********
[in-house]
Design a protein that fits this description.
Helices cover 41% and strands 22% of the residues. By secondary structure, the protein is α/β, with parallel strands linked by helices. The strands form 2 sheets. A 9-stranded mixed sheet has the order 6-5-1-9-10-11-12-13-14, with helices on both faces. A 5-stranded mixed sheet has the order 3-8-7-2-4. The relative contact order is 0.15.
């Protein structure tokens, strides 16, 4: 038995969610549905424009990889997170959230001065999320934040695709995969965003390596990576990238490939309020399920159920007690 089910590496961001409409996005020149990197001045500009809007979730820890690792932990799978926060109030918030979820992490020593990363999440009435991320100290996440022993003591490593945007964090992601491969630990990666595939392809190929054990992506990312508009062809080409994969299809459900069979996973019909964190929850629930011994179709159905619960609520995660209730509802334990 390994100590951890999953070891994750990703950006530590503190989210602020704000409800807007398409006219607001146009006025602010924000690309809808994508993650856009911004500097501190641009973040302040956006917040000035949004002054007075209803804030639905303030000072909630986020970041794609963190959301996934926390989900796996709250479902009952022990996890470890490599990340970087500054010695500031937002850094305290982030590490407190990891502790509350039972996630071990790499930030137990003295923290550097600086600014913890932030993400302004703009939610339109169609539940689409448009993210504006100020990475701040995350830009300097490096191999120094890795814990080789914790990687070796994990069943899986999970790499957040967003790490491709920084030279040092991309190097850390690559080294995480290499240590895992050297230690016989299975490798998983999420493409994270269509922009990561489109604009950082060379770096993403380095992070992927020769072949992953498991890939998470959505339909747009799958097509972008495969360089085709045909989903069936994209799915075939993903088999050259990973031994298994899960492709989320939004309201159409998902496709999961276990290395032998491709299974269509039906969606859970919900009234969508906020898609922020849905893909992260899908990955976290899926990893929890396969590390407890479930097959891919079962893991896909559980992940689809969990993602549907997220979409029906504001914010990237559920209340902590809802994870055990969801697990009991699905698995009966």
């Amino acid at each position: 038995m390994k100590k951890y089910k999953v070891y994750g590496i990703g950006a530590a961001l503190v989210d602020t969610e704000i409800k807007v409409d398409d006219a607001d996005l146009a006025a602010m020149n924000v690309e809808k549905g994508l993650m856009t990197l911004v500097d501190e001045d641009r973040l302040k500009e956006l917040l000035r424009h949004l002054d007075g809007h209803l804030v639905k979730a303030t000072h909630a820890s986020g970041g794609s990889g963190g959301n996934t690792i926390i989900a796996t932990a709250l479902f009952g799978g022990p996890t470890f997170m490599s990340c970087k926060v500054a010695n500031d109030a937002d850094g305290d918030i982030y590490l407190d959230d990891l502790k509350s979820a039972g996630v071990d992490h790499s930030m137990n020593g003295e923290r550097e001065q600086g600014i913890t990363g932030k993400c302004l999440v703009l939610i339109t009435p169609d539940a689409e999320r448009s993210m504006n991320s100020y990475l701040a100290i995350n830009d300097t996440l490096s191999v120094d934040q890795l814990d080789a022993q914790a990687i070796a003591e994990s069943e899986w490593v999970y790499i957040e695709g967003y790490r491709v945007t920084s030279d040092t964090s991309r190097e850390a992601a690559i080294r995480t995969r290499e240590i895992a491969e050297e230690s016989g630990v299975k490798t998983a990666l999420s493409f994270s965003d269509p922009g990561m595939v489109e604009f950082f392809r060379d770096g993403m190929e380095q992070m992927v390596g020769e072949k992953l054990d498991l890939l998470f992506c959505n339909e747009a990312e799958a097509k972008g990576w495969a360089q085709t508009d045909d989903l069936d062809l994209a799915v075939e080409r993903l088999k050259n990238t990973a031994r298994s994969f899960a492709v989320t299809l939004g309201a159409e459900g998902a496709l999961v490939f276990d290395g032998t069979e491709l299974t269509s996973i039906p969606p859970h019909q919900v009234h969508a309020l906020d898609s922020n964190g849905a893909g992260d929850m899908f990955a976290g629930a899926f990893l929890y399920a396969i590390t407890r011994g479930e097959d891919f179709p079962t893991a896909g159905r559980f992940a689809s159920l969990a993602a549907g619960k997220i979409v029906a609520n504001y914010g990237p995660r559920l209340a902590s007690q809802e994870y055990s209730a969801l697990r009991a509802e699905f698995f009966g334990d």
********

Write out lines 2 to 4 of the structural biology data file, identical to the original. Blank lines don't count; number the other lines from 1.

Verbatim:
Design a protein that fits this description.
Helices cover 41% and strands 22% of the residues. By secondary structure, the protein is α/β, with parallel strands linked by helices. The strands form 2 sheets. A 9-stranded mixed sheet has the order 6-5-1-9-10-11-12-13-14, with helices on both faces. A 5-stranded mixed sheet has the order 3-8-7-2-4. The relative contact order is 0.15.
């Protein structure tokens, strides 16, 4: 038995969610549905424009990889997170959230001065999320934040695709995969965003390596990576990238490939309020399920159920007690 089910590496961001409409996005020149990197001045500009809007979730820890690792932990799978926060109030918030979820992490020593990363999440009435991320100290996440022993003591490593945007964090992601491969630990990666595939392809190929054990992506990312508009062809080409994969299809459900069979996973019909964190929850629930011994179709159905619960609520995660209730509802334990 390994100590951890999953070891994750990703950006530590503190989210602020704000409800807007398409006219607001146009006025602010924000690309809808994508993650856009911004500097501190641009973040302040956006917040000035949004002054007075209803804030639905303030000072909630986020970041794609963190959301996934926390989900796996709250479902009952022990996890470890490599990340970087500054010695500031937002850094305290982030590490407190990891502790509350039972996630071990790499930030137990003295923290550097600086600014913890932030993400302004703009939610339109169609539940689409448009993210504006100020990475701040995350830009300097490096191999120094890795814990080789914790990687070796994990069943899986999970790499957040967003790490491709920084030279040092991309190097850390690559080294995480290499240590895992050297230690016989299975490798998983999420493409994270269509922009990561489109604009950082060379770096993403380095992070992927020769072949992953498991890939998470959505339909747009799958097509972008495969360089085709045909989903069936994209799915075939993903088999050259990973031994298994899960492709989320939004309201159409998902496709999961276990290395032998491709299974269509039906969606859970919900009234969508906020898609922020849905893909992260899908990955976290899926990893929890396969590390407890479930097959891919079962893991896909559980992940689809969990993602549907997220979409029906504001914010990237559920209340902590809802994870055990969801697990009991699905698995009966």